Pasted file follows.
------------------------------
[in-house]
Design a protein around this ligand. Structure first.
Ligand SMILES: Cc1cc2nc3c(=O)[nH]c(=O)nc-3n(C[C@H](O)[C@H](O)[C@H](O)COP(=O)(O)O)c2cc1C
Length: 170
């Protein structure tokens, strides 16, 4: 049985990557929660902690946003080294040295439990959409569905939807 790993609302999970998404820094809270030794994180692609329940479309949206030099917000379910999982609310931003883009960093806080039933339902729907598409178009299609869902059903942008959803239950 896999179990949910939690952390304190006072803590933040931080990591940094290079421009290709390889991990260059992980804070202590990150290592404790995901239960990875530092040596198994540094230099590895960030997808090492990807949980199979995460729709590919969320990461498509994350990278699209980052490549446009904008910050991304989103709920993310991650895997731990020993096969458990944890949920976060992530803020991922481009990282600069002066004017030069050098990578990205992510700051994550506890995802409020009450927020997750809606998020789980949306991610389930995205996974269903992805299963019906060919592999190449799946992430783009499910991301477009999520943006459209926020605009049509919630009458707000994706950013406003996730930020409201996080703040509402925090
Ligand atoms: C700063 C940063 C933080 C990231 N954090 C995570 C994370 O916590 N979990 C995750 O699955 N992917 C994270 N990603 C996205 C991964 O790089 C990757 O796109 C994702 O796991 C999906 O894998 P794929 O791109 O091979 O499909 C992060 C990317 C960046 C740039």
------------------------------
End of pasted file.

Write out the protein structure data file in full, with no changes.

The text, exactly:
[in-house]
Design a protein around this ligand. Structure first.
Ligand SMILES: Cc1cc2nc3c(=O)[nH]c(=O)nc-3n(C[C@H](O)[C@H](O)[C@H](O)COP(=O)(O)O)c2cc1C
Length: 170
């Protein structure tokens, strides 16, 4: 049985990557929660902690946003080294040295439990959409569905939807 790993609302999970998404820094809270030794994180692609329940479309949206030099917000379910999982609310931003883009960093806080039933339902729907598409178009299609869902059903942008959803239950 896999179990949910939690952390304190006072803590933040931080990591940094290079421009290709390889991990260059992980804070202590990150290592404790995901239960990875530092040596198994540094230099590895960030997808090492990807949980199979995460729709590919969320990461498509994350990278699209980052490549446009904008910050991304989103709920993310991650895997731990020993096969458990944890949920976060992530803020991922481009990282600069002066004017030069050098990578990205992510700051994550506890995802409020009450927020997750809606998020789980949306991610389930995205996974269903992805299963019906060919592999190449799946992430783009499910991301477009999520943006459209926020605009049509919630009458707000994706950013406003996730930020409201996080703040509402925090
Ligand atoms: C700063 C940063 C933080 C990231 N954090 C995570 C994370 O916590 N979990 C995750 O699955 N992917 C994270 N990603 C996205 C991964 O790089 C990757 O796109 C994702 O796991 C999906 O894998 P794929 O791109 O091979 O499909 C992060 C990317 C960046 C740039």